Aviva Stadium in the red despite All Blacks success and Billy Joel concert

Aviva Stadium in the red despite All Blacks success and Billy Joel concert

Ireland's rugby victory over the New Zealand All Blacks in November and Billy Joel's summer concert contributed to the Aviva Stadium generating an operating profit of €6.9m last year.

However, such stellar events weren't enough to stop the stadium's operating company falling further into the red, on a pre-tax basis.

Newly-filed accounts for New Stadium DAC show the company incurred a pre-tax loss of €3.3m last year - up from a loss of €3.14m in 2017 - largely driven by a hefty €10.12m non-cash depreciation charge.

The €6.9m in operating profit also represented a marginal year-on-year decline due to rental fees - for the use of the stadium - from both the IRFU and the FAI declining.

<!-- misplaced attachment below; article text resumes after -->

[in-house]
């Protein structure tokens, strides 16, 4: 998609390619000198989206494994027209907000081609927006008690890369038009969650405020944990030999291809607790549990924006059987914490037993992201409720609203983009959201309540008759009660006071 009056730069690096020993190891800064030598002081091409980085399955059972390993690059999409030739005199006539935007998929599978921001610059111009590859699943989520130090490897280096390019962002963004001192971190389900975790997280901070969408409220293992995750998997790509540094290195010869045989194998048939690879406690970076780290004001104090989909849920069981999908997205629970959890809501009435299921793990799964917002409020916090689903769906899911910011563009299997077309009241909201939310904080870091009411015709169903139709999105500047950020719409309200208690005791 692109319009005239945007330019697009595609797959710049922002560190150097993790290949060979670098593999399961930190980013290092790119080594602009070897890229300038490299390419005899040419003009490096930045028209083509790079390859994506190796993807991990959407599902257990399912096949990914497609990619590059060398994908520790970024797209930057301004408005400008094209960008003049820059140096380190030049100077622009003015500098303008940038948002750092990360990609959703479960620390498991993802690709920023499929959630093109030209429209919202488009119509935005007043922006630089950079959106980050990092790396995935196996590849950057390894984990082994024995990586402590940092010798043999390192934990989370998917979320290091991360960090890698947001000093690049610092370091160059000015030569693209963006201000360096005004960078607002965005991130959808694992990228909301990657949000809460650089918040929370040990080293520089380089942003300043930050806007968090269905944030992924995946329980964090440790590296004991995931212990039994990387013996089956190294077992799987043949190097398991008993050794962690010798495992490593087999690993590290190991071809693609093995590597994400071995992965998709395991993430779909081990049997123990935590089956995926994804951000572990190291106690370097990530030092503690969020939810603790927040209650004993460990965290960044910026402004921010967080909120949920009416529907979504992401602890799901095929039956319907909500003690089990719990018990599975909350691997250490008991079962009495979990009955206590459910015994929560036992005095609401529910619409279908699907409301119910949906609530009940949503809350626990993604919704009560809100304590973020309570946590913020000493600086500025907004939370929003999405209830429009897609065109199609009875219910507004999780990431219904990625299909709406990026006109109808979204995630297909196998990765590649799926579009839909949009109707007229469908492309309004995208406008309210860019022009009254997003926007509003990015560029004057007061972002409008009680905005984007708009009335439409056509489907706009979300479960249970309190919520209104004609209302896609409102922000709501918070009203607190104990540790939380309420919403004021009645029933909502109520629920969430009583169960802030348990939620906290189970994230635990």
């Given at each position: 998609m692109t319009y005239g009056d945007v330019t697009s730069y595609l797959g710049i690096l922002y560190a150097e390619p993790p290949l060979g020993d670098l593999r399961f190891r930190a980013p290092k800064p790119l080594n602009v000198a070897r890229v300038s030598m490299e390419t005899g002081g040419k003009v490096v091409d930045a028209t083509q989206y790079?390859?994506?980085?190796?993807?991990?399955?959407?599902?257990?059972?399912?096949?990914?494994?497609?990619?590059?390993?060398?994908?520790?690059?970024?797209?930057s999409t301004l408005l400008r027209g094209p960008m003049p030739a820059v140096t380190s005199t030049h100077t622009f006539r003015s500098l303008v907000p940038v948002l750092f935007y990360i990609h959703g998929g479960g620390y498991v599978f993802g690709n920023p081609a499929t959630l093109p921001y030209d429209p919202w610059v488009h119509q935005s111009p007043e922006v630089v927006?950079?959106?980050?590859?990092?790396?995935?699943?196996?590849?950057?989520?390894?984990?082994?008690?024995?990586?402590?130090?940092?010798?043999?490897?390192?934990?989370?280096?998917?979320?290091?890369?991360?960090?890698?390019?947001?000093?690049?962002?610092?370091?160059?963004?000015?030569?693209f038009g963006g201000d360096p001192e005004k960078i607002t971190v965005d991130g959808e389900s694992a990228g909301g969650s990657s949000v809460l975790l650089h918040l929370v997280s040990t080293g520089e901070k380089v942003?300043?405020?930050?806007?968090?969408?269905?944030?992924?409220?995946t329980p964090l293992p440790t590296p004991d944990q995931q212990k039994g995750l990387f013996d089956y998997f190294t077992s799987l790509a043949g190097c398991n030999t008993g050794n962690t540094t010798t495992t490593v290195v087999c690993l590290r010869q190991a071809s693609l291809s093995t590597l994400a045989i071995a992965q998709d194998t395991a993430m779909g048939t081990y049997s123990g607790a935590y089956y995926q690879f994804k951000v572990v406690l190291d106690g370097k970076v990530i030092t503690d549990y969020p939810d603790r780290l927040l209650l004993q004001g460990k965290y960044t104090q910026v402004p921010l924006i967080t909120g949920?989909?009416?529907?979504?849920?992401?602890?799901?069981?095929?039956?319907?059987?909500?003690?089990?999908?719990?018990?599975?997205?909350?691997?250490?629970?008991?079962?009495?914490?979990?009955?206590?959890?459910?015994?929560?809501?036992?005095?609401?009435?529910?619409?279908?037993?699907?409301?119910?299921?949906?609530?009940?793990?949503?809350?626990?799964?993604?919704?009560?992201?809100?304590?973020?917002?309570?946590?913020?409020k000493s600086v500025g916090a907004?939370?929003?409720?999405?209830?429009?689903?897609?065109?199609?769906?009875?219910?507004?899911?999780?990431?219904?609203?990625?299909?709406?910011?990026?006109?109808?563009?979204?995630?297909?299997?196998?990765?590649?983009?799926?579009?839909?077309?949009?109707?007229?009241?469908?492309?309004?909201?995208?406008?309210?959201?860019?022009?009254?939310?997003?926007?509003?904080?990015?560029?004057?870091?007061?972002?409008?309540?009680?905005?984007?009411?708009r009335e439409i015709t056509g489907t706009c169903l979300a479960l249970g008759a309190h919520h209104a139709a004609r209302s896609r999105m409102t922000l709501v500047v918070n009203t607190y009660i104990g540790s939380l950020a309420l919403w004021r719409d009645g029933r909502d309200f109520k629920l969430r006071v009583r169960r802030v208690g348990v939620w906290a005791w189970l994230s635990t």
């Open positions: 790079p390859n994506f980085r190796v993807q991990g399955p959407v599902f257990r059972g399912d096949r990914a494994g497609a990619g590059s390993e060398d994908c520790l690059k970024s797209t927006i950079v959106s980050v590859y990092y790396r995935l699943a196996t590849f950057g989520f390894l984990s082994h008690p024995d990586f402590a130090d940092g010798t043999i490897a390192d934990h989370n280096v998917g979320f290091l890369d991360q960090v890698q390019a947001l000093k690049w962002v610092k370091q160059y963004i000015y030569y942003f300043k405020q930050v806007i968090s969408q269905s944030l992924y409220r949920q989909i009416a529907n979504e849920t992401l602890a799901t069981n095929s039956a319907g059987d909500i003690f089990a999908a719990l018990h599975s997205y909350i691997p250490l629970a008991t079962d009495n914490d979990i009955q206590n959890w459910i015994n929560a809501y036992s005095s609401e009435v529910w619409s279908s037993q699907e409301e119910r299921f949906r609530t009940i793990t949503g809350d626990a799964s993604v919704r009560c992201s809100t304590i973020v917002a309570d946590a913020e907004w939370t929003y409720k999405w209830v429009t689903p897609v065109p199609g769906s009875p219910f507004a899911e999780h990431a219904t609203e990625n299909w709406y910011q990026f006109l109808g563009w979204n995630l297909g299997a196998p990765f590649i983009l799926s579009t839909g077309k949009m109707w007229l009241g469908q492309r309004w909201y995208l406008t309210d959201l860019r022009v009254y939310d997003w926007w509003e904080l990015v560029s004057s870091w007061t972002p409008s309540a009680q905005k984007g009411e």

The accounts show, however, that New Stadium DAC still paid out €2m in dividends to its shareholders, the IRFU and the FAI.

The firm’s cash pile increased from €4.2m to €4.7m last year and the company’s fixed assets had a book value of €323m. Numbers employed by the company remained the same at 20 with staff costs increasing from €1.36m to €1.4m.

The company’s shareholder funds stood at €159m made up of a share premium of €58.1m, capital contribution of €134.37m and accumulated losses of €32.84m.

The accounts - signed off by the chief executive of the IRFU, Philip Browne and president of the FAI Donal Conway - also confirm that during the year, an agreement was reached seeing Aviva extend its naming rights to the stadium up to 2025.

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